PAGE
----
Long answer short, a combination of both. There were certain things that we were able to elevate the horror on set while there were also a few other things that had to be sacrificed simply due to time constraints, logistics, and budget. There was a cool car drop and crushing that had to be saved for a different film. Rick always has amazing horror ideas and instincts to elevate the script.

Leon:  Collin and I are both big horror fans so writing a horror script that we knew we’d have control over was great. We had a lot of horror scares and moments we envisioned and thankfully we were able to apply a lot of them here.

Speaking of, were you both on set?

Collin: I was there every day. For better or worse haha.

Leon: Unfortunately, I was not on set during filming. We shot it during the winter during the height of the pandemic and I was cross country for most of it. When I returned to LA, my first trip out was get to groceries, then go to set for reshoots.

It’s obviously important to you to ground movies in reality – was that part of the reason for inserting those political themes?

Yes. It added layers to the family taken right out of actual people we know.

Leon: I think you hit the nail on the head there. We wanted to ensure that this was grounded in reality before the horror beats started. We always felt that the best way to make strong relatable characters was to ground them in something real, be it trauma, or it politics, we wanted to make these people relatable first, so once the knives started coming out, the audience cared.

Is there a genre you feel you both work better in?

Collin: I grew up watching horror movies since I was like five so there’s 100% a love there Typing that, I guess that’s pretty young to watch Freddy and Jason but I turned out okay… I think.. I love genre films in general. Horror, action, thriller. But I’ve written everything from a historic WW2 thriller to a noir drama.

Leon: I grew up with action movies, when I was a kid. I was raised on Michael Bay and Jerry Bruckheimer movies, like The Rock, Armageddon, Face/Off. So action movies have always been my bread and butter.

Leon, I see you came up with the story of James Cullen Bressack’s Hot Seat starring Mel Gibson. Was that a joyful experience? Particularly seeing a huge star headlining a movie you crafted?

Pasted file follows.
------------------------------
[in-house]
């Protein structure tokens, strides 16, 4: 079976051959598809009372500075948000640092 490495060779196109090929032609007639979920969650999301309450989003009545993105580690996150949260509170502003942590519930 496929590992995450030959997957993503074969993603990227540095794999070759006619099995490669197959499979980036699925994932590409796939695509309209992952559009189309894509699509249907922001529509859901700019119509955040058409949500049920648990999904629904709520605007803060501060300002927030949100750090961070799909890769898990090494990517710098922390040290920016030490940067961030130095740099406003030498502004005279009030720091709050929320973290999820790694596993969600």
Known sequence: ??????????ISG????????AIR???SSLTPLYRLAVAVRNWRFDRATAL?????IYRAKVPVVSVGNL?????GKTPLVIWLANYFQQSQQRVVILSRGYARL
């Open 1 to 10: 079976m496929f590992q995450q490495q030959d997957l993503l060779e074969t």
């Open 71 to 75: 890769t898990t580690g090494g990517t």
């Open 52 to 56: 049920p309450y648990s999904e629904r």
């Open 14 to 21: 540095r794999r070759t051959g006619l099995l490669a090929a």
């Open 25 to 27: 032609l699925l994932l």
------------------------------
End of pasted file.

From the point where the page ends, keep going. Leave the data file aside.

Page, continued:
Collin: We both came up with and wrote the story/screenplay for Hot Seat. It was a tremendous honor to get an actor like Mel Gibson connecting with something we created from scratch. It was a great cast overall with Kevin Dillon and Shannen Doherty also starring in it. James was amazing at taking a confined story in front of a computer screen that could be boring in the wrong hands and making it move at a breakneck pace. Personally, it was a huge weight off my shoulders having a big film like Hot Seat produced. I’m proud to show friends and family my work after many years grinding at writing.

Leon:  Collin and I both wrote Hot Seat. It was a pretty easy process surprisingly. It really just took a while to get made. We wrote the script, got interest from a production company, then the pandemic hit – and suddenly everything stalled. In that time we really hit the ground running on This Land and strangely enough once we were putting the touches on the script for This Land, we heard about Mel’s attachment. We were really excited to hear he wanted to be a part of it. We wrote This Land, because we wanted a film that could help us break out and during that same time we got Hot Seat.

Was the film your original story note-for-note or was it a little different?

Collin: It was very similar outside of changes that had to made for budget reasons. But that’s any film.

Leon: This Land was all beat for beat all us. Working hand in hand with our director Rick, it helped guide us in each choice we made.

What’s next for you both?

Collin: We have a western script that we wrote years ago starting production soon. I have another horror film and thriller film going into production this year. I’d love to collaborate with our super talented director Richard Greenwood again. We’ve both been working on our own projects and hopefully it’s another big year! Thanks for interviewing us!

Leon: Next, we’ve got a western film in the works. Ironically, it’s a script Collin and I wrote years ago, before This Land and before Hot Seat, that’s finally gaining some momentum and heading into production soon.